Poison Control suggests keeping art supplies out of reach of young kids and supervising during craft time to prevent accidents. Additionally, it is smart to go through your supplies and toss anything that has expired, dried up or otherwise appears broken or dangerous.

Button batteries

Button batteries are small enough to pass easily down the throat but can get caught in the esophagus or stuck somewhere else in the digestive tract. According to Poison Control, if a lithium battery button is not removed within two hours, it can cause severe, life-threatening burns in the esophagus. If your child swallows a battery, go to the emergency room immediately.

Here are some tips to minimize the risk of your child swallowing a button battery:

  • Check all remotes, toys, and battery-operated gadgets to ensure a screw secures the battery pack.
  • Remove anything with batteries that can be easily opened by small hands.
  • Keep all batteries locked away from children.
  • If anyone in your home uses hearing aids, keep the batteries in a safe place, away from small hands.

Fluoride toothpaste

It's fine if your child swallows the recommended amount of fluoride toothpaste (usually a pea-sized amount). But if your child ingests a greater portion, you might consider contacting poison control (though they'll likely just experience stomach upset).

Each year Poison Control gets calls from worried caregivers because their child has swallowed fluoride. Although every call to Poison Control is case-by-case, they will typically advise giving the child milk or dairy to prevent a tummy ache since the calcium binds with the fluoride.

Here are a few tips to prevent fluoride poisoning:

  • Teach your child to use the appropriate amount of toothpaste; for kids 6 and under, that is usually a pea-sized portion.
  • Poison Control suggests teaching kids that toothpaste is medicine for the teeth and not food.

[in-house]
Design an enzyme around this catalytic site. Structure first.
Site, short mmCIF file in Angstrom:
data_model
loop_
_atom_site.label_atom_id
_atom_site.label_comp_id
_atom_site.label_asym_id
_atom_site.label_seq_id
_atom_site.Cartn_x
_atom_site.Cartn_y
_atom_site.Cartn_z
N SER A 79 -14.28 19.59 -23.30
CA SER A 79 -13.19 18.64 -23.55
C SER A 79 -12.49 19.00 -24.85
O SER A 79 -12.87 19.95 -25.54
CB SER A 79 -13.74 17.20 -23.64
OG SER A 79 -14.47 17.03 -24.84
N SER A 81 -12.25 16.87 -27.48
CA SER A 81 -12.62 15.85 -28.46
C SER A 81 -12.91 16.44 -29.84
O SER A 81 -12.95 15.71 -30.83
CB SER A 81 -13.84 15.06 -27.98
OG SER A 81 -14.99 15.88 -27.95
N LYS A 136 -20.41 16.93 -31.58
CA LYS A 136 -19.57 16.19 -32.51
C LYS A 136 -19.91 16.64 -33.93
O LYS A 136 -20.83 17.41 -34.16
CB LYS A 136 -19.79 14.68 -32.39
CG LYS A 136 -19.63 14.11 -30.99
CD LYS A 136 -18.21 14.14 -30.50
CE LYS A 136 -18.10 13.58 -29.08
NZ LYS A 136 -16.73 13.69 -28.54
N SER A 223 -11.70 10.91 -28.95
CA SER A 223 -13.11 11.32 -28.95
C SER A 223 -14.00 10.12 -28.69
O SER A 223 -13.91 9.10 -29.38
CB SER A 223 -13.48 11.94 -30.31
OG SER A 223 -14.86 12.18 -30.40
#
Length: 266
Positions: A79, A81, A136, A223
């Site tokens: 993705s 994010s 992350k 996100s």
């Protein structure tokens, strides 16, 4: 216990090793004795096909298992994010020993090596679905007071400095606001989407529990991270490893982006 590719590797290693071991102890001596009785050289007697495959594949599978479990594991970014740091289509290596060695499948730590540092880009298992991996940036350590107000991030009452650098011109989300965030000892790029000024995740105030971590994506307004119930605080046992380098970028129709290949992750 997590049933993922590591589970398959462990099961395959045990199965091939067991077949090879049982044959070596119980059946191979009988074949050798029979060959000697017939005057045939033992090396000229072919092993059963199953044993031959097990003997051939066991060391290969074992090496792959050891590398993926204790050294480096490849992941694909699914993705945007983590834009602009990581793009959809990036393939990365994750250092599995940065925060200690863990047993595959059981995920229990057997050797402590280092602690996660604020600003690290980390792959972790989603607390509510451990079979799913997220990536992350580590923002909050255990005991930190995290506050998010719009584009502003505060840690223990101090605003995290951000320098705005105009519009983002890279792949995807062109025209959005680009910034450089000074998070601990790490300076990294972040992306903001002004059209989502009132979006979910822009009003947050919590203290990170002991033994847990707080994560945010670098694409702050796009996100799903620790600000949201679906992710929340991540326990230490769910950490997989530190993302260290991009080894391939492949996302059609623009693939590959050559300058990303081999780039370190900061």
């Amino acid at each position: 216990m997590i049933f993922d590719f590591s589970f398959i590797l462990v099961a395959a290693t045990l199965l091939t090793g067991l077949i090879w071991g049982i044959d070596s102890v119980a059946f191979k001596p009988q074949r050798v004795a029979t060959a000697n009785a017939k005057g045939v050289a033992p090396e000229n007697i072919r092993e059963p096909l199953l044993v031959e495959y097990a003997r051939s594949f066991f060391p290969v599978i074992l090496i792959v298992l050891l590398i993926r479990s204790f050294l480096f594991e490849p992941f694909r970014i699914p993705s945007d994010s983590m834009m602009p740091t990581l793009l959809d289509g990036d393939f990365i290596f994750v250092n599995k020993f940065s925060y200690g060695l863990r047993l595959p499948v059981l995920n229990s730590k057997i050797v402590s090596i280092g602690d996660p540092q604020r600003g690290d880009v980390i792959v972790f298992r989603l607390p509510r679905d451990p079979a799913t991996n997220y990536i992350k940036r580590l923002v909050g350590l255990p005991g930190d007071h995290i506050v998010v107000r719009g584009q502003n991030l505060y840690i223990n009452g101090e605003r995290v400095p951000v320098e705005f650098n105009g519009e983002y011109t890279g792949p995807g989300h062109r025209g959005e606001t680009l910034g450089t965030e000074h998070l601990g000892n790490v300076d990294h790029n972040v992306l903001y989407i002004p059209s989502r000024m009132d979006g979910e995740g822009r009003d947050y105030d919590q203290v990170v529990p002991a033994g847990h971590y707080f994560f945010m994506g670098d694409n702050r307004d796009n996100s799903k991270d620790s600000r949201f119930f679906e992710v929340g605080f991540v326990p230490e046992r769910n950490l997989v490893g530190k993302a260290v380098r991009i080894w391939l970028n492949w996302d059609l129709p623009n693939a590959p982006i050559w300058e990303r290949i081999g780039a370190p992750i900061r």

• Supervise kids as they brush their teeth, and keep their dental hygiene products out of reach when they are not in use.


There is an old wives tale that says that swallowing gum is dangerous because it stays in your digestive system forever. While that is not true—a human digestive tract is a powerful machine!—there is some wisdom in warning kids not to swallow gum.

Small amounts of chewing gum will pass normally through the digestive tract. However, in rare cases, gum can get stuck around hard foods and create a blockage along the digestive tract, which can become dangerous.

Call your doctor if your child swallows gum and experiences any of the following symptoms:

  • Abdominal pain
  • Cramping
  • Constipation
  • Vomiting
  • Feeling "full" after eating very little or nothing

Jewelry, magnets, and small metal objects

Babies and toddlers are fascinated by jewelry, and they can pull off your earring or necklace charm and gulp it down in seconds. Ditto for anything shiny, like small metal objects, including magnets, safety pins, and other small metal objects:

  • Jewelry: Small metal pieces can cut the esophagus or digestive tract lining.